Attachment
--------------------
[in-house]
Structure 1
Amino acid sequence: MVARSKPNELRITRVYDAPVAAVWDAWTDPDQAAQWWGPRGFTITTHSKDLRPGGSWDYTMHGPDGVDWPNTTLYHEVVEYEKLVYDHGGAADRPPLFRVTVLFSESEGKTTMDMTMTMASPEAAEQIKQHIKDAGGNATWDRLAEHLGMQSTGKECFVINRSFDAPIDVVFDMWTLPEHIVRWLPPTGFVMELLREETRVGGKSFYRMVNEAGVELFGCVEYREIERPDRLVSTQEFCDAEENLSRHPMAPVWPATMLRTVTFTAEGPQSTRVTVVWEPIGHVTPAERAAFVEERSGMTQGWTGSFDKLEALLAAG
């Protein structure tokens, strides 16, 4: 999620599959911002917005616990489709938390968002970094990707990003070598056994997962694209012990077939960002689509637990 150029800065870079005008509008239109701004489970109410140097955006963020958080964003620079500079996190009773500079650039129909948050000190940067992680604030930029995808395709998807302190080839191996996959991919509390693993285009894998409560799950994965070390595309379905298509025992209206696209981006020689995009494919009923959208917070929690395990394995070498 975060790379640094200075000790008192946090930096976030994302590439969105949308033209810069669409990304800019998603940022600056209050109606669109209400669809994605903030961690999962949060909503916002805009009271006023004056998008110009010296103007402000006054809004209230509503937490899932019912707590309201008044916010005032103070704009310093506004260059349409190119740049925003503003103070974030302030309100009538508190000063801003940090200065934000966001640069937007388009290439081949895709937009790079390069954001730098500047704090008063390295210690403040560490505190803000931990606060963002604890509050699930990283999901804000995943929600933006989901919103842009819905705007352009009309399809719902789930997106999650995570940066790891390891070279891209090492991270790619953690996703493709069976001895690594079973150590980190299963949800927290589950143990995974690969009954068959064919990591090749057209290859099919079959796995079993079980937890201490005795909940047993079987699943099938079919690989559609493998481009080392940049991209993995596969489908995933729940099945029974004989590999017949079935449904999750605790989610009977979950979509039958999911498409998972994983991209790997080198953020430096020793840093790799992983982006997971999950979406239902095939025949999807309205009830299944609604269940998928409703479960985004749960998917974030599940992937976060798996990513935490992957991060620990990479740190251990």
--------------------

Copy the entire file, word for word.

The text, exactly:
[in-house]
Structure 1
Amino acid sequence: MVARSKPNELRITRVYDAPVAAVWDAWTDPDQAAQWWGPRGFTITTHSKDLRPGGSWDYTMHGPDGVDWPNTTLYHEVVEYEKLVYDHGGAADRPPLFRVTVLFSESEGKTTMDMTMTMASPEAAEQIKQHIKDAGGNATWDRLAEHLGMQSTGKECFVINRSFDAPIDVVFDMWTLPEHIVRWLPPTGFVMELLREETRVGGKSFYRMVNEAGVELFGCVEYREIERPDRLVSTQEFCDAEENLSRHPMAPVWPATMLRTVTFTAEGPQSTRVTVVWEPIGHVTPAERAAFVEERSGMTQGWTGSFDKLEALLAAG
């Protein structure tokens, strides 16, 4: 999620599959911002917005616990489709938390968002970094990707990003070598056994997962694209012990077939960002689509637990 150029800065870079005008509008239109701004489970109410140097955006963020958080964003620079500079996190009773500079650039129909948050000190940067992680604030930029995808395709998807302190080839191996996959991919509390693993285009894998409560799950994965070390595309379905298509025992209206696209981006020689995009494919009923959208917070929690395990394995070498 975060790379640094200075000790008192946090930096976030994302590439969105949308033209810069669409990304800019998603940022600056209050109606669109209400669809994605903030961690999962949060909503916002805009009271006023004056998008110009010296103007402000006054809004209230509503937490899932019912707590309201008044916010005032103070704009310093506004260059349409190119740049925003503003103070974030302030309100009538508190000063801003940090200065934000966001640069937007388009290439081949895709937009790079390069954001730098500047704090008063390295210690403040560490505190803000931990606060963002604890509050699930990283999901804000995943929600933006989901919103842009819905705007352009009309399809719902789930997106999650995570940066790891390891070279891209090492991270790619953690996703493709069976001895690594079973150590980190299963949800927290589950143990995974690969009954068959064919990591090749057209290859099919079959796995079993079980937890201490005795909940047993079987699943099938079919690989559609493998481009080392940049991209993995596969489908995933729940099945029974004989590999017949079935449904999750605790989610009977979950979509039958999911498409998972994983991209790997080198953020430096020793840093790799992983982006997971999950979406239902095939025949999807309205009830299944609604269940998928409703479960985004749960998917974030599940992937976060798996990513935490992957991060620990990479740190251990």